Saturday 1 May – Circus nightclub
Sunday 2 May – Sefton Park Pilot music festival

How many people attended Liverpool’s pilot events as part of the ERP?

13,258 in total

How many people took the on-the-day and the follow-up PCR tests?

Everybody took LFT tests before, only five tested positive, and they were not allowed access to the event.

Overall, 17% of people also took an additional PCR test at home before the event, and 36% returned a home PCR after the event. PCR return rate differed by event and was highest when some sort of incentive was offered. For example, at Sefton Park, those who took the PCRs were automatically entered into a ballot to win other event tickets, and they were three times more likely to return a PCR test.

How many people tested positive after each event?

Five people with the Covid-19 virus were identified before the events and did not attend; four people were later identified as possibly having the virus at an event; and a further eight people were identified with the virus 4-7 days after they attended and event. Of the people who tested positive at or after and event, two attended the music festival, ten attended the nightclub and none attended the business festival. Many of the cases were friends who meet regularly and may not have been infected at an event. Everyone who tested positive was successfully followed up by the contact tracing team.

Will the event-goers have spread the virus to other ticketholders?

Everybody was advised to take a PCR test after the event, to follow the rules, and to get tested if they developed symptoms. Anyone who tested positive has been followed up successfully using local contact tracing teams. Several of the cases traced were among friends who mix outside of the events, and they may have caught the Covid virus at or outside the event. We did not see any evidence of large-scale spread at any of the events.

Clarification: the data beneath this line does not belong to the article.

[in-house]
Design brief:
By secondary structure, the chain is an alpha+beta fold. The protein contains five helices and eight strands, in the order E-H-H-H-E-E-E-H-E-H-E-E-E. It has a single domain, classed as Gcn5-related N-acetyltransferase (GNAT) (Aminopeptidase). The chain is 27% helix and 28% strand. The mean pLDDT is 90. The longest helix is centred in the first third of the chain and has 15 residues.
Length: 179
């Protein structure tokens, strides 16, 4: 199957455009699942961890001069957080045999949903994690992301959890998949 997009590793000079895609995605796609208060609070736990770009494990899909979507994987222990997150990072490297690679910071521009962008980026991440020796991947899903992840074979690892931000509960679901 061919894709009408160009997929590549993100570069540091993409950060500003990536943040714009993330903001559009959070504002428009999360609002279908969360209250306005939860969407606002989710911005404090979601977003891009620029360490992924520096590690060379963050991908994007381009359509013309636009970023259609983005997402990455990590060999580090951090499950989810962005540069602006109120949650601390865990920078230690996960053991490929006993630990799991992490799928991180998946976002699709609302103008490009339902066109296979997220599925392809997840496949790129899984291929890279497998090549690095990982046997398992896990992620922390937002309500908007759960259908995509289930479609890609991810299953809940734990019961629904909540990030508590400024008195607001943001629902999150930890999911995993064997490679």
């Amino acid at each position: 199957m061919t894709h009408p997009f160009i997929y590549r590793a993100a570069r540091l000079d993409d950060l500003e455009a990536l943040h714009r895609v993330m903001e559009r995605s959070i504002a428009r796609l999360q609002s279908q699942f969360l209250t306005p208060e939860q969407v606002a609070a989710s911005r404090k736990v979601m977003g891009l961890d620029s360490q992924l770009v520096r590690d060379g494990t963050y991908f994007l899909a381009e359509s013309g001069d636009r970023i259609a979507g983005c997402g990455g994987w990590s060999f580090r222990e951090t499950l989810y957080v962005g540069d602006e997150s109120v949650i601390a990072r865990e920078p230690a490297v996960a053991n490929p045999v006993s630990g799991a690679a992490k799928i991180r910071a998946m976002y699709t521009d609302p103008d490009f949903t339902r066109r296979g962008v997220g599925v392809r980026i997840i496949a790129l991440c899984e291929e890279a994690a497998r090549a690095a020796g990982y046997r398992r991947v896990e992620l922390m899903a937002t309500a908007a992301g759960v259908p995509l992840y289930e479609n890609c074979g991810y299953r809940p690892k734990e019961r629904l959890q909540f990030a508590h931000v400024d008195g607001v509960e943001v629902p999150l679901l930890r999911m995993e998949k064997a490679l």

Is it likely the actual transmission figure could be higher, as not everyone completed the PCR process?

It is possible, but this is not reflected in community infection rates across Liverpool City Region (LCR) and the wider Cheshire and Merseyside region where we analysed all known Covid-19 test results. Rates were low before the events and remain low a month later.

Were Liverpool’s pilot events a success? 

Yes, very much so.  There was significant learning as a result of the events, which has been fed into the Government for consideration.  In addition, Liverpool City Council and the University of Liverpool worked closely with promoters to develop Covid-safe protocols, which they are refining and sharing with wider promoter industry partners.

Are events arguably safer than supermarket/restaurant visits as everyone has tested negative with a LFT?

In some senses yes. If everyone at an event is tested and only a small proportion of those you mix with in other places are tested then the risk of catching the Covid-19 virus is less when considering similar venues where people breathe the same air in the same way. Of course, at bigger events there are more people – so this comparison is difficult to make.

Liverpool Waterfront